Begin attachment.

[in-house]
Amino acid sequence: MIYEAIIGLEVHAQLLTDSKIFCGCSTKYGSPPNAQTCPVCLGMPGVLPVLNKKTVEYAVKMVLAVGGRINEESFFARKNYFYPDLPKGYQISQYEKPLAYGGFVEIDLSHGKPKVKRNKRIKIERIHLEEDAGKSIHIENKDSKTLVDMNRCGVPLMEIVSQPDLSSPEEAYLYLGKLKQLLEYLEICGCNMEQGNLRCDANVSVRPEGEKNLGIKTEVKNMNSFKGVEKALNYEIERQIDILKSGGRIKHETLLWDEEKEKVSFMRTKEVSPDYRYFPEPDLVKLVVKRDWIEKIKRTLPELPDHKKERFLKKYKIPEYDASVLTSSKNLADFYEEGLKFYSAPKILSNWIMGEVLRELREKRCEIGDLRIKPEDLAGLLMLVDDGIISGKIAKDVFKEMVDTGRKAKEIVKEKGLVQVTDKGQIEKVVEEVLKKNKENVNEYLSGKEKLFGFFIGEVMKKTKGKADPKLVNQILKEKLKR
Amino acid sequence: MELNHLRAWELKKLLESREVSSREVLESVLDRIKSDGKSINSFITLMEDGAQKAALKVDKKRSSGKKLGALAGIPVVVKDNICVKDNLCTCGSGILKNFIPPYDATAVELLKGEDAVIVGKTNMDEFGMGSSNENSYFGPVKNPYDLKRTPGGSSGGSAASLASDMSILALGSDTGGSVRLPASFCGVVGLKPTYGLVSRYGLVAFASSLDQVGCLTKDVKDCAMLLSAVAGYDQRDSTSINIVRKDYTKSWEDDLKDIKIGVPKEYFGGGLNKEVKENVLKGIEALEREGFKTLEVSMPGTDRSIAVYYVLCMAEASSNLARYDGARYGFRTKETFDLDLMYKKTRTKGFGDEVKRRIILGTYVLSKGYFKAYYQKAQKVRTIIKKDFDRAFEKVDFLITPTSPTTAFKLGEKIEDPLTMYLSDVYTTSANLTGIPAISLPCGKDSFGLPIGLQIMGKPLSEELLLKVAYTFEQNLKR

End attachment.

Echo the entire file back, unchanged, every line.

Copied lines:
[in-house]
Amino acid sequence: MIYEAIIGLEVHAQLLTDSKIFCGCSTKYGSPPNAQTCPVCLGMPGVLPVLNKKTVEYAVKMVLAVGGRINEESFFARKNYFYPDLPKGYQISQYEKPLAYGGFVEIDLSHGKPKVKRNKRIKIERIHLEEDAGKSIHIENKDSKTLVDMNRCGVPLMEIVSQPDLSSPEEAYLYLGKLKQLLEYLEICGCNMEQGNLRCDANVSVRPEGEKNLGIKTEVKNMNSFKGVEKALNYEIERQIDILKSGGRIKHETLLWDEEKEKVSFMRTKEVSPDYRYFPEPDLVKLVVKRDWIEKIKRTLPELPDHKKERFLKKYKIPEYDASVLTSSKNLADFYEEGLKFYSAPKILSNWIMGEVLRELREKRCEIGDLRIKPEDLAGLLMLVDDGIISGKIAKDVFKEMVDTGRKAKEIVKEKGLVQVTDKGQIEKVVEEVLKKNKENVNEYLSGKEKLFGFFIGEVMKKTKGKADPKLVNQILKEKLKR
Amino acid sequence: MELNHLRAWELKKLLESREVSSREVLESVLDRIKSDGKSINSFITLMEDGAQKAALKVDKKRSSGKKLGALAGIPVVVKDNICVKDNLCTCGSGILKNFIPPYDATAVELLKGEDAVIVGKTNMDEFGMGSSNENSYFGPVKNPYDLKRTPGGSSGGSAASLASDMSILALGSDTGGSVRLPASFCGVVGLKPTYGLVSRYGLVAFASSLDQVGCLTKDVKDCAMLLSAVAGYDQRDSTSINIVRKDYTKSWEDDLKDIKIGVPKEYFGGGLNKEVKENVLKGIEALEREGFKTLEVSMPGTDRSIAVYYVLCMAEASSNLARYDGARYGFRTKETFDLDLMYKKTRTKGFGDEVKRRIILGTYVLSKGYFKAYYQKAQKVRTIIKKDFDRAFEKVDFLITPTSPTTAFKLGEKIEDPLTMYLSDVYTTSANLTGIPAISLPCGKDSFGLPIGLQIMGKPLSEELLLKVAYTFEQNLKR